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Town celebrates Asian American and Pacific Islander Heritage Day with music, food and student essays on identity

May 20, 2024
  • Performers display traditional costumes for a show held at Hunneman Hall at Brookline's celebration of Asian American and Pacific Islander Heritage Day. Photo by Zoe Zekos

Brookline celebrated Asian American & Pacific Islander Heritage Day last week.

On Saturday, Brookline Village lit up with student performances, crafts and food at an event sponsored by the town, the Brookline Public Library and the Brookline Asian American Family Network (BAAFN).

And on Wednesday, five Brookline high school students were honored by BAAFN for their essays on the theme of “What it means to be Asian American,” part of an annual contest now in its eighth year.

Read excerpts from the five winners, chosen out of 26 applicants, below. You can read the full essays by clicking on each student’s name.

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Geo Elasmar: “I know I am American. No less American than I ever was, for that is an ingrained quality, one glued to my skin like the sticky heat. And, as my grandmother’s hands push the bowl of thoroughly prepared jackfruit towards me, I realize that I am Malaysian too.”

Kiran Bhatia: “I used to revel in the smell of my grandmother’s freshly cooked pooris, the aroma of the hot oil and the sight of her famed mint chutney warming my heart when we visited her suburban New York home in the summer. Every afternoon, my grandmother, my Dadi, would make pooris that I would excitedly fill with keema and leftover chicken tikka.”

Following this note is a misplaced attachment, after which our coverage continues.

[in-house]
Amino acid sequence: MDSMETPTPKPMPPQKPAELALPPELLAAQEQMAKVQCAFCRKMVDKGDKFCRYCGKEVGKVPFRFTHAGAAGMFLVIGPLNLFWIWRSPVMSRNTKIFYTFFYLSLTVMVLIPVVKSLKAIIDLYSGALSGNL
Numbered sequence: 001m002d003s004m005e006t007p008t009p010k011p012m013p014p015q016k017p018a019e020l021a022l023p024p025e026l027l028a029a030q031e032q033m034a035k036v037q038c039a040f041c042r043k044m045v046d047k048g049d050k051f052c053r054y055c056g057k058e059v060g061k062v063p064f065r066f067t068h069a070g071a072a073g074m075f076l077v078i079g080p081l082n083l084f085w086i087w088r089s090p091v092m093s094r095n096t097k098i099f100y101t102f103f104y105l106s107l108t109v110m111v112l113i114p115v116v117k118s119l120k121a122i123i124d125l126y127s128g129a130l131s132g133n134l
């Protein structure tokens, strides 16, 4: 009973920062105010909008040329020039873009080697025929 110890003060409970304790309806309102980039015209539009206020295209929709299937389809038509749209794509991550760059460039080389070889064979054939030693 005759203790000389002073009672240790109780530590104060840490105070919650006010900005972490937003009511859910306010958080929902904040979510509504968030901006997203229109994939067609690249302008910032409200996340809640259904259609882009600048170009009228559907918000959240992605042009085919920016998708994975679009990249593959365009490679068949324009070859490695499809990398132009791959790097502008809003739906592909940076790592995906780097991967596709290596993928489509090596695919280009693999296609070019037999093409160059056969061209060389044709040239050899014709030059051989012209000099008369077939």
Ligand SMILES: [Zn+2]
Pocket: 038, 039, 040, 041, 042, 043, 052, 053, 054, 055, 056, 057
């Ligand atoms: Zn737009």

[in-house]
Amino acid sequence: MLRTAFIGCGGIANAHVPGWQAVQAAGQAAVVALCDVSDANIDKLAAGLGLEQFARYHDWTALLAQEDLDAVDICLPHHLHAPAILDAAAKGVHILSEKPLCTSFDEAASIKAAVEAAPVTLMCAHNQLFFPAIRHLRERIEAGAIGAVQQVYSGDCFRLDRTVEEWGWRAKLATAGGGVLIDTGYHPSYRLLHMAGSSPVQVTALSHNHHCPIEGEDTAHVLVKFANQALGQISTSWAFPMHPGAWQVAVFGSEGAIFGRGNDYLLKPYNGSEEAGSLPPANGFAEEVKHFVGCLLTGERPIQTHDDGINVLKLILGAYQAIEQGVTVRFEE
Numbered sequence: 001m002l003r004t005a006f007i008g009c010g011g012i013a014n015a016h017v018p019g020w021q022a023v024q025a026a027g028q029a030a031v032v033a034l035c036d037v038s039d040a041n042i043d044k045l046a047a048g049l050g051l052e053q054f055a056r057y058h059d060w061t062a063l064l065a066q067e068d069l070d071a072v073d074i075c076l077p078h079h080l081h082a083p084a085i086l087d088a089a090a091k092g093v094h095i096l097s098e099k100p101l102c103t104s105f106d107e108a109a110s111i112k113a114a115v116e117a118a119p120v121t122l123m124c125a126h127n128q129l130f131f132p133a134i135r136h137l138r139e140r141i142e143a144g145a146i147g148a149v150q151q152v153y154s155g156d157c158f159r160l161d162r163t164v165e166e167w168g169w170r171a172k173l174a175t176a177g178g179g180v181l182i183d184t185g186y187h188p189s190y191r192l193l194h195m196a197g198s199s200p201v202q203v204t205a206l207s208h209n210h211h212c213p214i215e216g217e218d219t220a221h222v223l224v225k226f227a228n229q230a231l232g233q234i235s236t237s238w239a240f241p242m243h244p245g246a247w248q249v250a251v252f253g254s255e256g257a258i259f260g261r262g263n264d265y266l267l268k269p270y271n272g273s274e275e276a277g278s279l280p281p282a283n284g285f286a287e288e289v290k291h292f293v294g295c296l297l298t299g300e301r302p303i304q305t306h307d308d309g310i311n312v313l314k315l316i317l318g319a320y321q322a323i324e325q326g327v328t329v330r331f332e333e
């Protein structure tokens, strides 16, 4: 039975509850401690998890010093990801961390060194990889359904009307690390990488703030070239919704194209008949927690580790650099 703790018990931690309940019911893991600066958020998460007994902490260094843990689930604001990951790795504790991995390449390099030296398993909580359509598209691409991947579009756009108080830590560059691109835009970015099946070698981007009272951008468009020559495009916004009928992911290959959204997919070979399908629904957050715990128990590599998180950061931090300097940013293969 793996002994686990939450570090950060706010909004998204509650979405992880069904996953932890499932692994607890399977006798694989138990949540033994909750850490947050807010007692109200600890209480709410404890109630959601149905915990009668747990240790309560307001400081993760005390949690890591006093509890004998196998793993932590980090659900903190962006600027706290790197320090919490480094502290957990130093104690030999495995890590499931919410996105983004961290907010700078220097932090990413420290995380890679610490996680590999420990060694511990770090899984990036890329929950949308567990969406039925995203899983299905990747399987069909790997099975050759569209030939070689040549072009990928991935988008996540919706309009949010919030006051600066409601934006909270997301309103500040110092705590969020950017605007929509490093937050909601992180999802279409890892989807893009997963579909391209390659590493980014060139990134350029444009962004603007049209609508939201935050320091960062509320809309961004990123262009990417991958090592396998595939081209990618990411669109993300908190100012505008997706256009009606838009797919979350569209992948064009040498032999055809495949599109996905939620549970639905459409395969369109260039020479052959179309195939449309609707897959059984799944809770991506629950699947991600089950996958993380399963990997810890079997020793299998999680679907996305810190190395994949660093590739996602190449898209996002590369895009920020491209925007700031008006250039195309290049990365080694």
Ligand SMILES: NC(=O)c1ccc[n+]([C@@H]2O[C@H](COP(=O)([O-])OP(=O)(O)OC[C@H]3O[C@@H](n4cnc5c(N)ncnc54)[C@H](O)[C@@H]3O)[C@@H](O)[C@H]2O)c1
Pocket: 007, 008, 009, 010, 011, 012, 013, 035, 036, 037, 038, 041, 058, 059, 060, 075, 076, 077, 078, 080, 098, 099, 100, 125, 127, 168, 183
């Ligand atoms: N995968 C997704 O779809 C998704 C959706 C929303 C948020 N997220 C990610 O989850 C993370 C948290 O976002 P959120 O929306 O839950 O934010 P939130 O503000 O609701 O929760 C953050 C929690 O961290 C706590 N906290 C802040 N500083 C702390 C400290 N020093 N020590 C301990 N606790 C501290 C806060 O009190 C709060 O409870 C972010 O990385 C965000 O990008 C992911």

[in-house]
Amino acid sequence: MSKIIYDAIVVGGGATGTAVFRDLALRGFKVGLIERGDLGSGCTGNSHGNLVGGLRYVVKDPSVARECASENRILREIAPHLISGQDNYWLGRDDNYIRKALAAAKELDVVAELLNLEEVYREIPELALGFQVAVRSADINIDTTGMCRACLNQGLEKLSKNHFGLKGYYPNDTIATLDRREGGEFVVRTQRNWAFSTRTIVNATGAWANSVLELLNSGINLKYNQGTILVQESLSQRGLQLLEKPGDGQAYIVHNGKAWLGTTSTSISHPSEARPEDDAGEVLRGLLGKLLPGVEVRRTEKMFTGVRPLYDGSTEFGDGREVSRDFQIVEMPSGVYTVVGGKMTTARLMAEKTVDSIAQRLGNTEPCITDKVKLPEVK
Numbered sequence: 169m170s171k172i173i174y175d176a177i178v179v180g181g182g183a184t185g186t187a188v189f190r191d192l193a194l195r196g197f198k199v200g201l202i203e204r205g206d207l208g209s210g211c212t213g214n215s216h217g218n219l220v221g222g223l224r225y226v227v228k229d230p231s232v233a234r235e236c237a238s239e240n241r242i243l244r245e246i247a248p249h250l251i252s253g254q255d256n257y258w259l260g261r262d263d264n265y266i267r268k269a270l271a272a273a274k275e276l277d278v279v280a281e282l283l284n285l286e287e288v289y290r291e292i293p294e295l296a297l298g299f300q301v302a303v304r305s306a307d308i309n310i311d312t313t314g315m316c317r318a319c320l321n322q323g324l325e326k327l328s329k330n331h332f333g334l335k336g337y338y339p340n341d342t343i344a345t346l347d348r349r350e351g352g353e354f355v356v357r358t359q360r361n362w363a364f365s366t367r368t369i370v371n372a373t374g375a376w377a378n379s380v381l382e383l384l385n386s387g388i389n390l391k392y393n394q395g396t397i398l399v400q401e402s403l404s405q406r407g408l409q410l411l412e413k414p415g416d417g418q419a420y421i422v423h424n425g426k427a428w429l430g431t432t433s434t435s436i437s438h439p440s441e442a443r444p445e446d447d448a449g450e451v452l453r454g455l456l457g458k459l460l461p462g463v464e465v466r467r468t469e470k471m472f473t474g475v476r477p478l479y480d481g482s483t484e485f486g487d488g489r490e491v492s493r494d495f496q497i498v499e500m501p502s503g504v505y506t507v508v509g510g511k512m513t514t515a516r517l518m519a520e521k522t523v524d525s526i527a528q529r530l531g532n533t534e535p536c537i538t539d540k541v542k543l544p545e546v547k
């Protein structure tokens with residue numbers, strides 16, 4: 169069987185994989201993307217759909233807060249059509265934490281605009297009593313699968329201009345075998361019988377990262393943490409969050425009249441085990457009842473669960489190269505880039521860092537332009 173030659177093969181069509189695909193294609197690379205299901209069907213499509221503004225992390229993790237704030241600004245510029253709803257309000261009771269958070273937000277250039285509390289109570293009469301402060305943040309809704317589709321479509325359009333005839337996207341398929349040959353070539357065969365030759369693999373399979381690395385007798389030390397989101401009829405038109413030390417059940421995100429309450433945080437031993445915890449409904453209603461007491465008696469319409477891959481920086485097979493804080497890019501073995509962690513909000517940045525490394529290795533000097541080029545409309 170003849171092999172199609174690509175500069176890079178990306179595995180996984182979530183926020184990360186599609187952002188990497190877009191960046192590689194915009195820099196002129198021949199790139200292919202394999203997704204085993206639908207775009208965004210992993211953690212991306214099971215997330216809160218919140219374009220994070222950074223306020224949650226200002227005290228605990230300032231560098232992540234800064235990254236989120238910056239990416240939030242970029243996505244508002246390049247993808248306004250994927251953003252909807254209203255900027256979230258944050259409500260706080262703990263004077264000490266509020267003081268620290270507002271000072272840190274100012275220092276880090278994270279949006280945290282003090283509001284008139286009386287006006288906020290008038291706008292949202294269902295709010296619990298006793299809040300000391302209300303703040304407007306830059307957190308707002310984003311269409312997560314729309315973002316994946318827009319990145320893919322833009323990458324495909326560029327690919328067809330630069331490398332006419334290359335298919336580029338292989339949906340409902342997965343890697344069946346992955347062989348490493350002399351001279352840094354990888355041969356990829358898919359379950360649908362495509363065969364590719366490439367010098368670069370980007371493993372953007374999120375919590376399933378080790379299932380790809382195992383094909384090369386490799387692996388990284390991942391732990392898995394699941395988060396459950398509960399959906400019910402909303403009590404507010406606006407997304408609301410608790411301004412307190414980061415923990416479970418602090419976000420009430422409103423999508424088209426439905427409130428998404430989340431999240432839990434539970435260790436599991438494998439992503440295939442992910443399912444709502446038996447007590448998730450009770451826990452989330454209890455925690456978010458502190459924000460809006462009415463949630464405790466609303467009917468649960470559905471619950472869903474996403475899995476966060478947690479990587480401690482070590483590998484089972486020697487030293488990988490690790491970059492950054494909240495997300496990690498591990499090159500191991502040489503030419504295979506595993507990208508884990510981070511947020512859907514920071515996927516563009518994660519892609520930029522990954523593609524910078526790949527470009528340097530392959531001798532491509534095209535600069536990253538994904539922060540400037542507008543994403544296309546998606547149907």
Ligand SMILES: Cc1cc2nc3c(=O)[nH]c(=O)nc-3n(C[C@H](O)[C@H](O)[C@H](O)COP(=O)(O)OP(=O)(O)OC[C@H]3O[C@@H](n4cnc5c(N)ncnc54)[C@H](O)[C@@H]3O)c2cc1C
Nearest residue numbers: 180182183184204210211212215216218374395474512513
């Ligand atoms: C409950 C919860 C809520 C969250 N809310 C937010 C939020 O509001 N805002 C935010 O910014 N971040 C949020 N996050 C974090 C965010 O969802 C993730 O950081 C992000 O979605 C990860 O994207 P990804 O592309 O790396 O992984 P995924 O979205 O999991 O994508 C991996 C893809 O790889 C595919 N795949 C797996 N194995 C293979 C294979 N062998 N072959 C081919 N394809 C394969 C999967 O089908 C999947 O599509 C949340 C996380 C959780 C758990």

Bella Wang: “My mother says I have a fear of public speaking, but when I say words in Chinese, they flow together, like they’re all connected on a piece of string, without me needing to think about what to say next.”

Melanie Ho: “Mahjong tiles are dealt randomly, some hands luckier than others, but regardless of your hand, you must carve your own path. Mahjong’s square formation of four walls, each eighteen tiles wide and two tiles tall, allows for rapid-fire gameplay, gossip, and a great metaphor for what it means to be Asian American.”

Haly Kim: “I often question to what extent I have earned the right to call myself a Korean. Because how can I retain the fact that I am Korean despite not speaking any? Does that mean my “Koreanness” becomes finite with my appearance and is incapable of reaching any further? Am I just an American, cosplaying as a Korean with no qualifications or perhaps is it the other way around?”